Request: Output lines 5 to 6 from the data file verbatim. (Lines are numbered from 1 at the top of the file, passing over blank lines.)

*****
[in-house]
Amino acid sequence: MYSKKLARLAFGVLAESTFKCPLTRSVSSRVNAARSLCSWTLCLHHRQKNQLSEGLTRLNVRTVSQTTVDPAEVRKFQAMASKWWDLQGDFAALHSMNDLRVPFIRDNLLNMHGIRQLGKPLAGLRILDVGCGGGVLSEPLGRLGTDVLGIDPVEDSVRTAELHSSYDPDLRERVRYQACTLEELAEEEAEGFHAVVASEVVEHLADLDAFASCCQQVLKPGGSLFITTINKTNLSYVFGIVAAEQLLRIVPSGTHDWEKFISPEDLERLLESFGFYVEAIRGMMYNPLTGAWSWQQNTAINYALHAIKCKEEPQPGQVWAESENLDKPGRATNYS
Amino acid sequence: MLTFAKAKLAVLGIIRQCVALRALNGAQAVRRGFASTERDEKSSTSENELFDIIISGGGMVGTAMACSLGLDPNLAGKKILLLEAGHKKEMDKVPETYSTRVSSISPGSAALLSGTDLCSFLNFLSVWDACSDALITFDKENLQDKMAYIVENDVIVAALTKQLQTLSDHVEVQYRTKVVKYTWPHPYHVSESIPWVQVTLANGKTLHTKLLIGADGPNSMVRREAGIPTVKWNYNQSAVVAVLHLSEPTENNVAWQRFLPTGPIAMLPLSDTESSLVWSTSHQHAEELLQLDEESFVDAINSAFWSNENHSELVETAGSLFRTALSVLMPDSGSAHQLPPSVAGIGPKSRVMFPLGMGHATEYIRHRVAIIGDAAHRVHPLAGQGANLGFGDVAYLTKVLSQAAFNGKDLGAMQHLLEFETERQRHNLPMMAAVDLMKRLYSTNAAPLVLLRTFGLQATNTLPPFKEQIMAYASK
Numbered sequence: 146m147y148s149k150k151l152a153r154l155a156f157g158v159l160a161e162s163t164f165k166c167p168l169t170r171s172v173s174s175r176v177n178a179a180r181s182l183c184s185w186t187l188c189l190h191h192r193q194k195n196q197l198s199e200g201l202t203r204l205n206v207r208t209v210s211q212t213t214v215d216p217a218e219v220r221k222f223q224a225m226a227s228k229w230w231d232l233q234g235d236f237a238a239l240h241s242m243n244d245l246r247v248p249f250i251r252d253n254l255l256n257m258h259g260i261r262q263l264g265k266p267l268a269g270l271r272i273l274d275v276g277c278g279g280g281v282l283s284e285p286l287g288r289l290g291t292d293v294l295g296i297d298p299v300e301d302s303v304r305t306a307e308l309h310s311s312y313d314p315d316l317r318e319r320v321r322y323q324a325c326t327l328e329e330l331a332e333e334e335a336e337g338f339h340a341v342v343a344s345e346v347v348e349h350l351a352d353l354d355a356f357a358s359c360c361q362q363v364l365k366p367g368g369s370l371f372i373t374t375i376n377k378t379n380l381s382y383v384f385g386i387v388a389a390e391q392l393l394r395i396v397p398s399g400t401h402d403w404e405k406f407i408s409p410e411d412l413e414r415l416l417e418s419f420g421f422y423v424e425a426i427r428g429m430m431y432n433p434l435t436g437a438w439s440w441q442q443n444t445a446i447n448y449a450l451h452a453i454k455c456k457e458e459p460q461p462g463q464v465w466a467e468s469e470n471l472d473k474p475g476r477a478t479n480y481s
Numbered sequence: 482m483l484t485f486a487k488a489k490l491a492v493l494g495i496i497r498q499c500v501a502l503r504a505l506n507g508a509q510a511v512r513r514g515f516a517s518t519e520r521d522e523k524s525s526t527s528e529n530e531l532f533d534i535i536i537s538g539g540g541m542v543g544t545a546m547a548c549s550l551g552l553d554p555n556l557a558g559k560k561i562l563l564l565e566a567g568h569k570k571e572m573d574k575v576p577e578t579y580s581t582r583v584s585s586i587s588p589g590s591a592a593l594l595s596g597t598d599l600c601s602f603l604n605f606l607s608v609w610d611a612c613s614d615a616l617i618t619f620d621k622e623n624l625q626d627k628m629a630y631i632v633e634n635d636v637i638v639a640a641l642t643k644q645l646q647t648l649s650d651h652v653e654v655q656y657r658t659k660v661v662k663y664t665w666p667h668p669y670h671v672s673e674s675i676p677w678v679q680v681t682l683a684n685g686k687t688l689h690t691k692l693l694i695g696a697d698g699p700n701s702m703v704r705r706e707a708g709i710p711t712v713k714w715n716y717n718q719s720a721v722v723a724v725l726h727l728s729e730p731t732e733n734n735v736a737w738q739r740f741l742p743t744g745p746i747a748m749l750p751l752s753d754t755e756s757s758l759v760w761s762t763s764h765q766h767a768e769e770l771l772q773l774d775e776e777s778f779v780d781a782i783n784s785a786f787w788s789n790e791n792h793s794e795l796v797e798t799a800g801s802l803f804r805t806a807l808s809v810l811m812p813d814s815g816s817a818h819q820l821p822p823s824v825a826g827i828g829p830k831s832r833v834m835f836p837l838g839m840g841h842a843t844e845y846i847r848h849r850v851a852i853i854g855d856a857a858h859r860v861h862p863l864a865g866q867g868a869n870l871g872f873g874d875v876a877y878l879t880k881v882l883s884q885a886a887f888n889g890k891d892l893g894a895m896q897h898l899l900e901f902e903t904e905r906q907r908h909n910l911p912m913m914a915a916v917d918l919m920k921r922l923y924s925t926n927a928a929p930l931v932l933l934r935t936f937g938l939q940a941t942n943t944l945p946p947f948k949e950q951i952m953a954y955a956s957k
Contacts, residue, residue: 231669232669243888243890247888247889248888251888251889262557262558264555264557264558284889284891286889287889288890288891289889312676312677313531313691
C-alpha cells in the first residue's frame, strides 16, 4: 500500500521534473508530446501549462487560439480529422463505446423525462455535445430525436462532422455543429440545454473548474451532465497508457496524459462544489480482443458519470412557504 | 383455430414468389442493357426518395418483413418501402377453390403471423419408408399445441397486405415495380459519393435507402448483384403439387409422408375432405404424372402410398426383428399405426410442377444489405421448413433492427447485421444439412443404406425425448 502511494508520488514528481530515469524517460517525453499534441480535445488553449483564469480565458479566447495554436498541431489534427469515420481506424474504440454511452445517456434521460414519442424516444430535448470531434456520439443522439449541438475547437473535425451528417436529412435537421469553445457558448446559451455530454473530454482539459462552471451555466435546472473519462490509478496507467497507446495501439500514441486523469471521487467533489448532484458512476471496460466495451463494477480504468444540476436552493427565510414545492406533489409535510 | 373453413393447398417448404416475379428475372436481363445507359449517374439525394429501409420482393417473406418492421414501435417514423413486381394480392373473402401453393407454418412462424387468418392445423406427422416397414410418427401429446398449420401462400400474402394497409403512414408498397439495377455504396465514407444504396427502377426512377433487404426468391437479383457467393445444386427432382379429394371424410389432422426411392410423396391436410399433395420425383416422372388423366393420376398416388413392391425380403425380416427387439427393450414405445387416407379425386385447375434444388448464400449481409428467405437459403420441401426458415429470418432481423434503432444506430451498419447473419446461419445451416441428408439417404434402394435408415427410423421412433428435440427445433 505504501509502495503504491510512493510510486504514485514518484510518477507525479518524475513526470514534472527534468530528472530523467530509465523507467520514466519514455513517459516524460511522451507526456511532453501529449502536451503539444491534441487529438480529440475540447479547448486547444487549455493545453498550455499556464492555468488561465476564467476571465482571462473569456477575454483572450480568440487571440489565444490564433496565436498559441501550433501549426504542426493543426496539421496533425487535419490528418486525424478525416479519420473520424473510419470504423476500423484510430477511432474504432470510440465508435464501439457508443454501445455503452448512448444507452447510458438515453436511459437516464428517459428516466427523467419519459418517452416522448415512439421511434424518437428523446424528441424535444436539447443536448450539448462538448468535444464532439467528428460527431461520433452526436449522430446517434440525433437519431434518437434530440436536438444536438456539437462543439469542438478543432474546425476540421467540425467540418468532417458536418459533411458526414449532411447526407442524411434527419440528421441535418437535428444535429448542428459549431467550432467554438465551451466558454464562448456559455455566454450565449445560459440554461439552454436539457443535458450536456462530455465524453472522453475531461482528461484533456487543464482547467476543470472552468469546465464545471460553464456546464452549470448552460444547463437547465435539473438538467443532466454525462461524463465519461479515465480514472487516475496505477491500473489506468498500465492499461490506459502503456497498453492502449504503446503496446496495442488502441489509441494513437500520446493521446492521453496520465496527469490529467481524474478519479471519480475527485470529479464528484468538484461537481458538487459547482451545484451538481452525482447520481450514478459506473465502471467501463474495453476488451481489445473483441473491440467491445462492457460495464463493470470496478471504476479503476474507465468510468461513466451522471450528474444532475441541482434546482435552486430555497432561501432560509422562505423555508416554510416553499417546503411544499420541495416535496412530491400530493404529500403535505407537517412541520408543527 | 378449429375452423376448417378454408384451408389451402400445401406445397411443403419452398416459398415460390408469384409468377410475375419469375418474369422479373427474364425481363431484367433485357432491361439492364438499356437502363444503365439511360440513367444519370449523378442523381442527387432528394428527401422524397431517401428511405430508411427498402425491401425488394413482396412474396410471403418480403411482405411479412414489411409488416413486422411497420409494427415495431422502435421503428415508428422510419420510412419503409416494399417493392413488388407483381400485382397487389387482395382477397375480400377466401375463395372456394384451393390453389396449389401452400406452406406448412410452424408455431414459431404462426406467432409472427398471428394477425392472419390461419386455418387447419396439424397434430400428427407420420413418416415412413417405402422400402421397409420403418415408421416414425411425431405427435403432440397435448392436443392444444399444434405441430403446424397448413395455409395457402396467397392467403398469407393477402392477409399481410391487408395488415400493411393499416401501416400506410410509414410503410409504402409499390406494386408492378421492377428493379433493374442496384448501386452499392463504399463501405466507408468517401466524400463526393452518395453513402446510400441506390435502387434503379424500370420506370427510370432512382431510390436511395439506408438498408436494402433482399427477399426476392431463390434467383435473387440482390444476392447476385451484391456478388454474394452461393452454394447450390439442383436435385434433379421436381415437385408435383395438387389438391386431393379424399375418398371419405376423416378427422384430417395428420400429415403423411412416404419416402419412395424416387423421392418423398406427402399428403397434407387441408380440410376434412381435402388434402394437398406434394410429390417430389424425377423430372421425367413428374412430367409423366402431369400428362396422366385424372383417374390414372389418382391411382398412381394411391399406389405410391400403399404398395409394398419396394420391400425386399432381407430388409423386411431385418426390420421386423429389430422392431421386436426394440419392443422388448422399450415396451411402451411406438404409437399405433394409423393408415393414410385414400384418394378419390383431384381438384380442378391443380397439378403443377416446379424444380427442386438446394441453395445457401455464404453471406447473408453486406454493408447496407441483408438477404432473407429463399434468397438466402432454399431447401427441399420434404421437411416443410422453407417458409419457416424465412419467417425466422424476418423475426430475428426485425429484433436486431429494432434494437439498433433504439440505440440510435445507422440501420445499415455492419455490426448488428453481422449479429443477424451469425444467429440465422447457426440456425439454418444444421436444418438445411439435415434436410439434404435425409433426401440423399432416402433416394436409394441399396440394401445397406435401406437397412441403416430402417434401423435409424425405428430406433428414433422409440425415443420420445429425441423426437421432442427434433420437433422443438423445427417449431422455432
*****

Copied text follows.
Numbered sequence: 482m483l484t485f486a487k488a489k490l491a492v493l494g495i496i497r498q499c500v501a502l503r504a505l506n507g508a509q510a511v512r513r514g515f516a517s518t519e520r521d522e523k524s525s526t527s528e529n530e531l532f533d534i535i536i537s538g539g540g541m542v543g544t545a546m547a548c549s550l551g552l553d554p555n556l557a558g559k560k561i562l563l564l565e566a567g568h569k570k571e572m573d574k575v576p577e578t579y580s581t582r583v584s585s586i587s588p589g590s591a592a593l594l595s596g597t598d599l600c601s602f603l604n605f606l607s608v609w610d611a612c613s614d615a616l617i618t619f620d621k622e623n624l625q626d627k628m629a630y631i632v633e634n635d636v637i638v639a640a641l642t643k644q645l646q647t648l649s650d651h652v653e654v655q656y657r658t659k660v661v662k663y664t665w666p667h668p669y670h671v672s673e674s675i676p677w678v679q680v681t682l683a684n685g686k687t688l689h690t691k692l693l694i695g696a697d698g699p700n701s702m703v704r705r706e707a708g709i710p711t712v713k714w715n716y717n718q719s720a721v722v723a724v725l726h727l728s729e730p731t732e733n734n735v736a737w738q739r740f741l742p743t744g745p746i747a748m749l750p751l752s753d754t755e756s757s758l759v760w761s762t763s764h765q766h767a768e769e770l771l772q773l774d775e776e777s778f779v780d781a782i783n784s785a786f787w788s789n790e791n792h793s794e795l796v797e798t799a800g801s802l803f804r805t806a807l808s809v810l811m812p813d814s815g816s817a818h819q820l821p822p823s824v825a826g827i828g829p830k831s832r833v834m835f836p837l838g839m840g841h842a843t844e845y846i847r848h849r850v851a852i853i854g855d856a857a858h859r860v861h862p863l864a865g866q867g868a869n870l871g872f873g874d875v876a877y878l879t880k881v882l883s884q885a886a887f888n889g890k891d892l893g894a895m896q897h898l899l900e901f902e903t904e905r906q907r908h909n910l911p912m913m914a915a916v917d918l919m920k921r922l923y924s925t926n927a928a929p930l931v932l933l934r935t936f937g938l939q940a941t942n943t944l945p946p947f948k949e950q951i952m953a954y955a956s957k
Contacts, residue, residue: 231669232669243888243890247888247889248888251888251889262557262558264555264557264558284889284891286889287889288890288891289889312676312677313531313691